I will not bore you with the full story. Suffice it to say that I was raised a Southern Baptist in a very Southern and very Baptist place. My early life was marked by all that the evangelical faith had to offer: worship services, Sunday school, youth groups, choir. I was given a foundation, along with every tool I needed to succeed as a Christian.
Except for one problem. I didn’t buy it. I knew in my heart that this was not my calling, not my path. I can look back today, decades later, and see it much more clearly. I was being called to the Catholic Church. I was being called to a more ancient, more liturgical, more mysterious faith.
After high school, I fell away from church and wandered in the wilderness for a long time. I hit a few different church services in college (very few), but nothing satisfied me. Finally, in law school I met the woman who would finally pull me over the threshold. She was Catholic, and it was time to face God’s plan for my life. We got married in the Church. Three years later, in 1994, I was confirmed at the Easter vigil, only a month before my oldest child was born. At the time, I believed that I had neatly tied up the faith aspect of my life and could move on to other things. I was wrong. I had no idea what it really meant to a Christian, much less a Catholic.
There is no neatness to my story; no beginning, no middle, no end. No climax. No denouement. No triumph. And there are far too many episodes of sin and doubt to serve as an example for young impressionable Christian minds. It has been a long, slow crawl.
I enjoy reading Catholic apologetics, but this is not such an exercise. I do not intend to intellectually defend the doctrine of the church, or to denigrate the doctrine of other Christians. There are many scholars and authors writing excellent work on that subject. Those people are much smarter than me and possess greater moral authority than me. I will simply tell you, if required, what I believe. If there is one consistent attribute to my path in Christianity, it is my disinterest in arguing the particulars of doctrine. Doctrine is important, no doubt. It matters. It provides the construct of our faith and provides boundaries for our belief. But too many souls have been lost over confrontations about doctrine. Too many opportunities to bring people to Christ have been missed. Christians of all stripes have spent too many years and too much spiritual energy worrying about what other Christians believe, or don’t believe, and not enough on serving God and others. Younger Christians today appear less concerned about doctrine than past generations. The divisions based on orthodoxy are breaking down, and the fear of hell is no longer the primary motivator for the faithful. I do not insist that I’m right. Therefore, I am not writing only for Catholics, but for people who seek God. Whether we know him well or not at all, I believe that most human beings desire to know him.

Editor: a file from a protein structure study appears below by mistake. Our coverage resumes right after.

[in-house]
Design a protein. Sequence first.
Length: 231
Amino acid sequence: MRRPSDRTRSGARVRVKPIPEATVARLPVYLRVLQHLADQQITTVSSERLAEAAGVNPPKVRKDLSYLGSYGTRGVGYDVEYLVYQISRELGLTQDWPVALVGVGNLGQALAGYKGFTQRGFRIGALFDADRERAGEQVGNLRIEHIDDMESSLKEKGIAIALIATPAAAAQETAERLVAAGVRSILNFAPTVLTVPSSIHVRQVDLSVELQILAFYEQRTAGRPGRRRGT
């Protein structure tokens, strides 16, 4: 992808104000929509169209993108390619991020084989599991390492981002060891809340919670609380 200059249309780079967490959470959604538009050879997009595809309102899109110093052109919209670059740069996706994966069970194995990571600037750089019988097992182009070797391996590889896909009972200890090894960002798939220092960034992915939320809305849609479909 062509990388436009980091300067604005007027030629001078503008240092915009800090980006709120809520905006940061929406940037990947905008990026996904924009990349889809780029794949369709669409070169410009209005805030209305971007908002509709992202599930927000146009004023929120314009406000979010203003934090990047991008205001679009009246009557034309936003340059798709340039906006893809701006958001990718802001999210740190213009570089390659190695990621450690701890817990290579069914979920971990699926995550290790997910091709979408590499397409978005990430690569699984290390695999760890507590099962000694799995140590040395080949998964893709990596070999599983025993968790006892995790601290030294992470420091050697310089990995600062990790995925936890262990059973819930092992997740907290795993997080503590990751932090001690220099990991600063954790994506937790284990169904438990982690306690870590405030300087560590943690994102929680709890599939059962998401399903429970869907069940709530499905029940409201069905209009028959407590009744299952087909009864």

I also am not trying to convert the reader to Catholicism. I wish only for each person to listen for his or her calling and respond to it. It took me years just to hear God speaking to me, and several more to respond to it. I am still deciphering the message. Your calling may be completely different from mine. While some of the true believers on both sides of the Reformation fence will disagree with me, I am convinced that God calls all of us in different ways.
The Roman Catholic Church in the United States has taken huge hits in the last 20 years. Priest sexual abuse scandals, financial scandals, and the rapid rise of secularism in the west have all combined to shrink the church. The exodus of many faithful has not gone unnoticed by the mainstream press; in some cases, the press has been gleeful over the decline. Baptisms are down; the number of priests has continued to decline; churches have consolidated and closed. It is a church said to be out of touch with the modern world and the modern mind, a lumbering dinosaur doomed to certain extinction. This may be wishful thinking. The church going forward will be a smaller, no doubt. Gone are the days of the immense Catholic machine, which was mainly fueled by large families and shared cultural and ethnic identity. But the church is alive and well. Catholicism is on the rebound. (Secular intellectuals recoil at the very thought.) The people left in the pews when the dust clears will be the truly committed, and many of those people will be young Catholics who want to be there. The elevation of Cardinal Jorge Maria Bergoglio to the seat of Peter on March 13, 2013 has pumped new life and energy into a faith that has doggedly gone about its business. The throngs of people assembled on Copacabana Beach in Rio in July 13 for a mass celebrated by Pope Francis (estimates ranged from 1.3 million to an improbable 3 million) belie any talk of a dying church. The opportunity for renewal and growth is now. The hundred year experiment with hardcore evangelicalism is waning, but the Catholic Church presses on.
I was called to be Catholic. Simple as that. No, I didn’t misunderstand God. No, the wires were not crossed. It was real. I do not believe that another person’s calling is illegitimate (as my own has been labeled by evangelical friends). We are all called to some path of holiness. Pope Francis said as much when he declared, that God “has redeemed all of us, all of us, with the Blood of Christ: all of us, not just Catholics. Everyone!”
So that, in a nutshell, is the backstory. I would love to interact with other nice people on the same road. Let me hear from you.